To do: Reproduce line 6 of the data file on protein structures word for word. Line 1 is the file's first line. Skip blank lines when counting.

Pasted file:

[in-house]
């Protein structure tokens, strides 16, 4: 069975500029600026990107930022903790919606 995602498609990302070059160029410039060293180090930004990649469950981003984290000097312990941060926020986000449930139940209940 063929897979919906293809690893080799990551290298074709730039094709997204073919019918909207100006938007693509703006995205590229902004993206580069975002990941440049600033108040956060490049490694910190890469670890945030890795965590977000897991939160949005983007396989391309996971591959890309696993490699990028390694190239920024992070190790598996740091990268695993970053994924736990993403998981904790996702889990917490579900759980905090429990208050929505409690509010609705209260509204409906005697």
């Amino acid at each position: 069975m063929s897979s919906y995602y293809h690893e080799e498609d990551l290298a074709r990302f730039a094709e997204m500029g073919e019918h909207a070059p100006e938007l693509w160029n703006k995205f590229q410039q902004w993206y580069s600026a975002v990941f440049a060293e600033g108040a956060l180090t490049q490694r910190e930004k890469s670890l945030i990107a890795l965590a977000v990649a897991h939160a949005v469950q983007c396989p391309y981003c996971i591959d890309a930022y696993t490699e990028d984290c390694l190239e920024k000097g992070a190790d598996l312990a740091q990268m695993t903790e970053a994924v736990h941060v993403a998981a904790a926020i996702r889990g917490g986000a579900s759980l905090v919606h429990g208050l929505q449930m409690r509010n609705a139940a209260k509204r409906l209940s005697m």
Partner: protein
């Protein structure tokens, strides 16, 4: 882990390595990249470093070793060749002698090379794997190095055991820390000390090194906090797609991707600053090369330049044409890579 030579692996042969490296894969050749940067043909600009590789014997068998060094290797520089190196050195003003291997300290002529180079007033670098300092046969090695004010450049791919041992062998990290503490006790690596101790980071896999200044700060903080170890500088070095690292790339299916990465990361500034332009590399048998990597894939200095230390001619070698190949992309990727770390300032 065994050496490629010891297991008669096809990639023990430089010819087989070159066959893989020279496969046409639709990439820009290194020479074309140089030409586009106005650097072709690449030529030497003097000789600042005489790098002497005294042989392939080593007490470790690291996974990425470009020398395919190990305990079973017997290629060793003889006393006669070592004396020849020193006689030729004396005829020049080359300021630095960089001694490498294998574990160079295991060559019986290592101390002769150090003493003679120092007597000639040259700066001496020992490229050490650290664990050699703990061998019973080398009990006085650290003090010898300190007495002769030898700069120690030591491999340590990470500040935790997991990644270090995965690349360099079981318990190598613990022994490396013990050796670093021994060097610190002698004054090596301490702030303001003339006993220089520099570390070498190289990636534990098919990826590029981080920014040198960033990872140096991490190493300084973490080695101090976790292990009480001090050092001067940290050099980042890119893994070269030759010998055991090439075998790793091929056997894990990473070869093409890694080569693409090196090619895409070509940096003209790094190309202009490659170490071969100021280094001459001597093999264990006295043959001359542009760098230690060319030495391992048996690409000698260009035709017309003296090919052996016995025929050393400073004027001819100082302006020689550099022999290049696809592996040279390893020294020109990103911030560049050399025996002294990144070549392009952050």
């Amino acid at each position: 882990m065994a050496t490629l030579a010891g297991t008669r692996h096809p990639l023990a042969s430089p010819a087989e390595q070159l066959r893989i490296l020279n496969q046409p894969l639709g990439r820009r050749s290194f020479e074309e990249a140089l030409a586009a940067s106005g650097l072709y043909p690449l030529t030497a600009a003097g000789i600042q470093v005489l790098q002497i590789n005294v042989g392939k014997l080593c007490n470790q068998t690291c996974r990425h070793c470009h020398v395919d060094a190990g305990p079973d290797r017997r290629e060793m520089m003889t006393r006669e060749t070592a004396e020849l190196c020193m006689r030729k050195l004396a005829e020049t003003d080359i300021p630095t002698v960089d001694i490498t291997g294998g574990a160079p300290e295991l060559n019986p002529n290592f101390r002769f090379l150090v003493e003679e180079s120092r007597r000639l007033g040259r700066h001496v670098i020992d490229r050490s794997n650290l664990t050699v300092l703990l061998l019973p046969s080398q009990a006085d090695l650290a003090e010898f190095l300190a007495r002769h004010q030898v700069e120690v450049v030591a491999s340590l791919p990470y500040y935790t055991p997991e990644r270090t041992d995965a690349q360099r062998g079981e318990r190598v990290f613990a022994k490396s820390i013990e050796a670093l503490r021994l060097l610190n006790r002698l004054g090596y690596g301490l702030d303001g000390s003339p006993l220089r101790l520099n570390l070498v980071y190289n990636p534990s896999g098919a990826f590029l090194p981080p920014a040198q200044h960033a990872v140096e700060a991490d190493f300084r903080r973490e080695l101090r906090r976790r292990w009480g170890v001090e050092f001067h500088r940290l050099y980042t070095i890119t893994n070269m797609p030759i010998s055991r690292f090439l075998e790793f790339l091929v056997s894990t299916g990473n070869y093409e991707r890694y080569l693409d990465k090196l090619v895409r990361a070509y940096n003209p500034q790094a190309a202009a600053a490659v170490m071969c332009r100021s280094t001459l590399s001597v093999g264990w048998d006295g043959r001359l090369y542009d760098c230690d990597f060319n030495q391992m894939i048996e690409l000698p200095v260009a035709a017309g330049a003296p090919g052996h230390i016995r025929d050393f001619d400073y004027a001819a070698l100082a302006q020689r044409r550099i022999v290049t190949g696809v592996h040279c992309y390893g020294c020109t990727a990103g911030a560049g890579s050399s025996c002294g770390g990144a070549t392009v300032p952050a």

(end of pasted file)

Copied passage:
């Amino acid at each position: 882990m065994a050496t490629l030579a010891g297991t008669r692996h096809p990639l023990a042969s430089p010819a087989e390595q070159l066959r893989i490296l020279n496969q046409p894969l639709g990439r820009r050749s290194f020479e074309e990249a140089l030409a586009a940067s106005g650097l072709y043909p690449l030529t030497a600009a003097g000789i600042q470093v005489l790098q002497i590789n005294v042989g392939k014997l080593c007490n470790q068998t690291c996974r990425h070793c470009h020398v395919d060094a190990g305990p079973d290797r017997r290629e060793m520089m003889t006393r006669e060749t070592a004396e020849l190196c020193m006689r030729k050195l004396a005829e020049t003003d080359i300021p630095t002698v960089d001694i490498t291997g294998g574990a160079p300290e295991l060559n019986p002529n290592f101390r002769f090379l150090v003493e003679e180079s120092r007597r000639l007033g040259r700066h001496v670098i020992d490229r050490s794997n650290l664990t050699v300092l703990l061998l019973p046969s080398q009990a006085d090695l650290a003090e010898f190095l300190a007495r002769h004010q030898v700069e120690v450049v030591a491999s340590l791919p990470y500040y935790t055991p997991e990644r270090t041992d995965a690349q360099r062998g079981e318990r190598v990290f613990a022994k490396s820390i013990e050796a670093l503490r021994l060097l610190n006790r002698l004054g090596y690596g301490l702030d303001g000390s003339p006993l220089r101790l520099n570390l070498v980071y190289n990636p534990s896999g098919a990826f590029l090194p981080p920014a040198q200044h960033a990872v140096e700060a991490d190493f300084r903080r973490e080695l101090r906090r976790r292990w009480g170890v001090e050092f001067h500088r940290l050099y980042t070095i890119t893994n070269m797609p030759i010998s055991r690292f090439l075998e790793f790339l091929v056997s894990t299916g990473n070869y093409e991707r890694y080569l693409d990465k090196l090619v895409r990361a070509y940096n003209p500034q790094a190309a202009a600053a490659v170490m071969c332009r100021s280094t001459l590399s001597v093999g264990w048998d006295g043959r001359l090369y542009d760098c230690d990597f060319n030495q391992m894939i048996e690409l000698p200095v260009a035709a017309g330049a003296p090919g052996h230390i016995r025929d050393f001619d400073y004027a001819a070698l100082a302006q020689r044409r550099i022999v290049t190949g696809v592996h040279c992309y390893g020294c020109t990727a990103g911030a560049g890579s050399s025996c002294g770390g990144a070549t392009v300032p952050a």